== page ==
Measuring key human carbohydrate digestive enzyme activities using high-performance anion-exchange chromatography with pulsed amperometric detection

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Carbohydrate digestion in the mammalian gastrointestinal tract is catalyzed by α-amylases and α-glucosidases to produce monosaccharides for absorption. Inhibition of these enzymes is the major activity of the drugs acarbose and miglitol, which are used to manage diabetes. Furthermore, delaying carbohydrate digestion via inhibition of α-amylases and α-glucosidases is an effective strategy to blunt blood glucose spikes, a major risk factor for developing metabolic diseases. Here, we present an in vitro protocol developed to accurately and specifically assess the activity of α-amylases and α-glucosidases, including sucrase, maltase and isomaltase. The assay is especially suitable for measuring inhibition by compounds, drugs and extracts, with minimal interference from impurities or endogenous components, because the substrates and digestive products in the enzyme activity assays are quantified directly by high-performance anion-exchange chromatography with pulsed amperometric detection (HPAE-PAD). Multiple enzyme sources can be used, but here we present the protocol using commercially available human α-amylase to assess starch hydrolysis with maltoheptaose as the substrate, and with brush border sucrase-isomaltase (with maltase, sucrase and isomaltase activities) derived from differentiated human intestinal Caco-2(/TC7) cells to assess hydrolysis of disaccharides. The wet-lab assay takes ~2–5 h depending on the number of samples, and the HPAE-PAD analysis takes 35 min per sample. A full dataset therefore takes 1–3 d and allows detection of subtle changes in enzyme activity with high sensitivity and reliability.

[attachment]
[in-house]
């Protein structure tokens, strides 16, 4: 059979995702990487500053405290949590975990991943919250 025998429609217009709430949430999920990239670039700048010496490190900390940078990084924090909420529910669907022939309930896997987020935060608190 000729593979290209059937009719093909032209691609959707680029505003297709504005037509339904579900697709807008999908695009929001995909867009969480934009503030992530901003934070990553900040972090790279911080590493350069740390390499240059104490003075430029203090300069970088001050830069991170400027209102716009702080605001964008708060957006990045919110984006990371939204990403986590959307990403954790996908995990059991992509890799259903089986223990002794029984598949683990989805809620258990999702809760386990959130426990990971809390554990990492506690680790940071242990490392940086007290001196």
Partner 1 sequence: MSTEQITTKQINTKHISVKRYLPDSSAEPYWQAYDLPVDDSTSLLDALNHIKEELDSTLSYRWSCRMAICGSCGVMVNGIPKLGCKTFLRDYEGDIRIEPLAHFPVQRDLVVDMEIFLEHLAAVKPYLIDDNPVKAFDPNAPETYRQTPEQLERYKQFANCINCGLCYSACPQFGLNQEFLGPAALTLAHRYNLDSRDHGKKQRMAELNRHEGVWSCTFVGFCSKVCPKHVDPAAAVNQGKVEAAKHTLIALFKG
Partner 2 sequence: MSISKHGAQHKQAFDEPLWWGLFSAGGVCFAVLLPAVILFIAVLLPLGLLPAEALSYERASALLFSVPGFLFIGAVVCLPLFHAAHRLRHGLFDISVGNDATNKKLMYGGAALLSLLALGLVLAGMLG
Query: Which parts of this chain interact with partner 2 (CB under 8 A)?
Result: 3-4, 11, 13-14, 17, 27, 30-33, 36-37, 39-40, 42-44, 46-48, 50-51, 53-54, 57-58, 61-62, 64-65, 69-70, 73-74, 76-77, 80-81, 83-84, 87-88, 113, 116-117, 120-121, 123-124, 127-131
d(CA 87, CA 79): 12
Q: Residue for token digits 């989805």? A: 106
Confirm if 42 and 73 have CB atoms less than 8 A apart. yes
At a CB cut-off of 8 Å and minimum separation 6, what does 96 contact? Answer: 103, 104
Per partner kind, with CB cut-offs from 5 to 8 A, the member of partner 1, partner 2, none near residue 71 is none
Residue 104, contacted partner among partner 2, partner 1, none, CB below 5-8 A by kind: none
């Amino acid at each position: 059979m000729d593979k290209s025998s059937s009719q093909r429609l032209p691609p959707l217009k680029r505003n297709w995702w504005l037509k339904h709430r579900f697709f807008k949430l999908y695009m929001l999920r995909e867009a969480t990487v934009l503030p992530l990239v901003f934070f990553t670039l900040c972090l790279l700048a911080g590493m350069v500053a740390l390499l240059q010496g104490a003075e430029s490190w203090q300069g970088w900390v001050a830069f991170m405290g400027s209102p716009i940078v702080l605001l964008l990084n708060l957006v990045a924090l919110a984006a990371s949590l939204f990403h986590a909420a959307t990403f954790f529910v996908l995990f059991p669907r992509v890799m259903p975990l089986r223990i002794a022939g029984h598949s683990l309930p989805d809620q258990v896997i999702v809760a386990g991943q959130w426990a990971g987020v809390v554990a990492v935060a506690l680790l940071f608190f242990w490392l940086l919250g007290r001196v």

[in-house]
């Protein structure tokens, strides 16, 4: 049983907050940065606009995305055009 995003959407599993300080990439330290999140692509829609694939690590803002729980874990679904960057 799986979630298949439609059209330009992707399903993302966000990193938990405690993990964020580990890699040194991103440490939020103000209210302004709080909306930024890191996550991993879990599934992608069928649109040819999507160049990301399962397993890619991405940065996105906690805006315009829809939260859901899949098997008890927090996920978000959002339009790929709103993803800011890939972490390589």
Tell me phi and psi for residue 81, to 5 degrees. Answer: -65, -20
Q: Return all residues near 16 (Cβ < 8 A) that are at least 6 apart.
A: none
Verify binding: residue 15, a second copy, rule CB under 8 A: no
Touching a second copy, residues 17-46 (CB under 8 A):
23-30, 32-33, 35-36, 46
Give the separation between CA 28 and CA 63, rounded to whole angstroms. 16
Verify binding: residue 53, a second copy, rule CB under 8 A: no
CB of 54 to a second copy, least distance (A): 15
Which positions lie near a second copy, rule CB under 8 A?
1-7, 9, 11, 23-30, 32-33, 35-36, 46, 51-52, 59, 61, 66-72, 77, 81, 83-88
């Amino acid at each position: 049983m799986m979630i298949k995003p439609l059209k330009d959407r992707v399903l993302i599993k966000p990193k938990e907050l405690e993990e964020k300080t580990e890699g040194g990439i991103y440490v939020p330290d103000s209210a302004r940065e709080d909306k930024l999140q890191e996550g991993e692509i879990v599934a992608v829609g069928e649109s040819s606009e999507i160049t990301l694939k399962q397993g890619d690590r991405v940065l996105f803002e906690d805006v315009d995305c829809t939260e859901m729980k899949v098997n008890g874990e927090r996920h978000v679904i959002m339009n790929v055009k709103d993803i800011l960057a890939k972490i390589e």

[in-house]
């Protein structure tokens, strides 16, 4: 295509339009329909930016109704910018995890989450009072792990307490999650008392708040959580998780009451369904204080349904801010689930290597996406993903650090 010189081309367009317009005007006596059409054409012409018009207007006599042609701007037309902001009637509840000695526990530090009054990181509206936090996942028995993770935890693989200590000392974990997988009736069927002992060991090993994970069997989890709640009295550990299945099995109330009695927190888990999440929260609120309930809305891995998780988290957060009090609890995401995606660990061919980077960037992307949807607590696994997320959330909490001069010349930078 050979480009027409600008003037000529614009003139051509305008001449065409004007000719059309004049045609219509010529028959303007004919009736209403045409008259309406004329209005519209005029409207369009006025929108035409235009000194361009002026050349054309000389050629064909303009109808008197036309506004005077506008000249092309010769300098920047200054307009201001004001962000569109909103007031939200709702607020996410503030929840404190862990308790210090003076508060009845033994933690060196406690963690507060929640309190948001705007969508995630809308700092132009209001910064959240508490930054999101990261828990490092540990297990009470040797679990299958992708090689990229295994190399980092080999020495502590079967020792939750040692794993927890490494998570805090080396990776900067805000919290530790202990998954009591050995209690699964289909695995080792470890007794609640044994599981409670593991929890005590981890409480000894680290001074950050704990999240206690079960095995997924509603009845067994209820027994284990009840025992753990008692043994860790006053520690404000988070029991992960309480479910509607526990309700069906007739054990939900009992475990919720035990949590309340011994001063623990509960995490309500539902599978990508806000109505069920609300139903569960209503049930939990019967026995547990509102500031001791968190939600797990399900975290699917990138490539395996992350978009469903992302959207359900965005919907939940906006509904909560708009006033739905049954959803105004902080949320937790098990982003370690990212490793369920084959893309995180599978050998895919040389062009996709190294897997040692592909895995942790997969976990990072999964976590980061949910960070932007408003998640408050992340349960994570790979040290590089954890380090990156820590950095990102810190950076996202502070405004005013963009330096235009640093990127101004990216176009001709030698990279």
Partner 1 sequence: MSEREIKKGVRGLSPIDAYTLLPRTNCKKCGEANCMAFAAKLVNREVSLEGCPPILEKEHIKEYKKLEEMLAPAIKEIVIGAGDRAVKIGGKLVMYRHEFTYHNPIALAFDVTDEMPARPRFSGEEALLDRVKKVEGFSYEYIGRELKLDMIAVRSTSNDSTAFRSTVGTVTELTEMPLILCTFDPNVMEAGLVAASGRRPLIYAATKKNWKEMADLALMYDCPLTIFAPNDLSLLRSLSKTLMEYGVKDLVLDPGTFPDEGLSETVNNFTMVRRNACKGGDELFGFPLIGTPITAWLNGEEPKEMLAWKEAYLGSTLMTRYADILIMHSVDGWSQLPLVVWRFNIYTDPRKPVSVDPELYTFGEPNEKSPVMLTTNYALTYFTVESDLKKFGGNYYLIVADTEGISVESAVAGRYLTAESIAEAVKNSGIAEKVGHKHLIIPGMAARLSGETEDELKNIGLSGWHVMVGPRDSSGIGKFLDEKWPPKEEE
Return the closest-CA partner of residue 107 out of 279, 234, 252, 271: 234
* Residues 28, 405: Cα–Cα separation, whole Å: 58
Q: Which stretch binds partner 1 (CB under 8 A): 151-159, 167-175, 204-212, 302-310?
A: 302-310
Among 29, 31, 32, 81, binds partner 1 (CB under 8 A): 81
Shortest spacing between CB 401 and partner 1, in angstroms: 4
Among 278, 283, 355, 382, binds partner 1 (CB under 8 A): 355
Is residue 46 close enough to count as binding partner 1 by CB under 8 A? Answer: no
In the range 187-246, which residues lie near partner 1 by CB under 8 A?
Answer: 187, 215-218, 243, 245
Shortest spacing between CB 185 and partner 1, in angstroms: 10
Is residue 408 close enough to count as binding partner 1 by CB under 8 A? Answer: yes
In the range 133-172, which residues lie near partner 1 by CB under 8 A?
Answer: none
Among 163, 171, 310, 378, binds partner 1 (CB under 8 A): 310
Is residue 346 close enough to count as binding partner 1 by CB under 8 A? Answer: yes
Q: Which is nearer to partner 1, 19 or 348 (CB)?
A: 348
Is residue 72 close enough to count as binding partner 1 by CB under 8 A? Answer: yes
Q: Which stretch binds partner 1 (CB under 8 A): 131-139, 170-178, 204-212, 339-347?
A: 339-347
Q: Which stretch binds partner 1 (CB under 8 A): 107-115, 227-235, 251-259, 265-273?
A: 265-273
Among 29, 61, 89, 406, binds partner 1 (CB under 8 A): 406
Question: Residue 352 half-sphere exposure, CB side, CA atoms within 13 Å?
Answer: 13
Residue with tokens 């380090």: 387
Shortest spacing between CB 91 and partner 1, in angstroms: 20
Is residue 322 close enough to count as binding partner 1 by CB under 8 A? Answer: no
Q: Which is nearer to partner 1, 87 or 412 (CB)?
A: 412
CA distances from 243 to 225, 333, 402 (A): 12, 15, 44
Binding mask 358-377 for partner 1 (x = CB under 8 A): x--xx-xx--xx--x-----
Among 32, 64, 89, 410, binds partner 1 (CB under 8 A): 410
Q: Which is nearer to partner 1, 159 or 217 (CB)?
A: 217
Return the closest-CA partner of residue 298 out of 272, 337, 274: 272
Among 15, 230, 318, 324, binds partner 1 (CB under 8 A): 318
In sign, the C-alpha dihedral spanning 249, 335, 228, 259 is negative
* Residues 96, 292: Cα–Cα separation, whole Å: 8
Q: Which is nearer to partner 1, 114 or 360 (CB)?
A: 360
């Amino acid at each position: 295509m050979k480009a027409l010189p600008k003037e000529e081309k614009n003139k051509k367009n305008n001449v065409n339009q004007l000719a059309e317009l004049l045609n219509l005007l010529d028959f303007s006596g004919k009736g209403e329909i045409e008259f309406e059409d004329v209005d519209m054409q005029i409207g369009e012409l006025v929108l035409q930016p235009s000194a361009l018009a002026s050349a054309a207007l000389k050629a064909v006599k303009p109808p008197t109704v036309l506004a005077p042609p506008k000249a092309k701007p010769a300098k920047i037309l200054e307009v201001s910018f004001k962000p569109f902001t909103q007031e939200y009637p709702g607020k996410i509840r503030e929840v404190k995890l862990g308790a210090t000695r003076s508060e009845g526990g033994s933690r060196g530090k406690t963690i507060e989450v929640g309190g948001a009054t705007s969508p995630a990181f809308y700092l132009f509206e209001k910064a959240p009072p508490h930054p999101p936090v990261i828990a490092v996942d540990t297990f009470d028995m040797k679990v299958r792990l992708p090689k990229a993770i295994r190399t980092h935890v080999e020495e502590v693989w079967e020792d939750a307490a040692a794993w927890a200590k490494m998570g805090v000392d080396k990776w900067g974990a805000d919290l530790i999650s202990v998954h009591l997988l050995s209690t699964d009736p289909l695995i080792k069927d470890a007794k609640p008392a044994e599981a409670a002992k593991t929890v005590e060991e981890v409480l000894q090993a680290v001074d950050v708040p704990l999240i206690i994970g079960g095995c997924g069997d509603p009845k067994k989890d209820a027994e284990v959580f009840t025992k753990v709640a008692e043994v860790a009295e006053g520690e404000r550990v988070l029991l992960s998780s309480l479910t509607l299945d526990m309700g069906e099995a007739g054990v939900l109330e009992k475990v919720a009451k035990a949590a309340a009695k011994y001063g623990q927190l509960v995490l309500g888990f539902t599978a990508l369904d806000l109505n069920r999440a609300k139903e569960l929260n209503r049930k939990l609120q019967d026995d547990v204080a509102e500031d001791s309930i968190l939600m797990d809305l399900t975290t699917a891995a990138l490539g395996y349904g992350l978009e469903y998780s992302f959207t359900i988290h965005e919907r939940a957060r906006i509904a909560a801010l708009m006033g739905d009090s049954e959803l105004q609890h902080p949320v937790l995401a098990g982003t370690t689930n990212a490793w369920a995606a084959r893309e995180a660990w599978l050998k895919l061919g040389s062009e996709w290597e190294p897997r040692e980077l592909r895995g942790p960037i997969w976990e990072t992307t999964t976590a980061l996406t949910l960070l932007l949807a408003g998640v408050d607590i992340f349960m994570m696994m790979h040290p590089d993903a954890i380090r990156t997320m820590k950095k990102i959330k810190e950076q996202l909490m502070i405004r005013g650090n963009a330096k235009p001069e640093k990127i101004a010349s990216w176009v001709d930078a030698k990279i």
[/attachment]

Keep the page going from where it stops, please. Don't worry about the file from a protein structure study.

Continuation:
Original languageEnglish
Pages (from-to)2882-2919
Number of pages38
JournalNature Protocols
Issue number12
Publication statusPublished - Dec 2022

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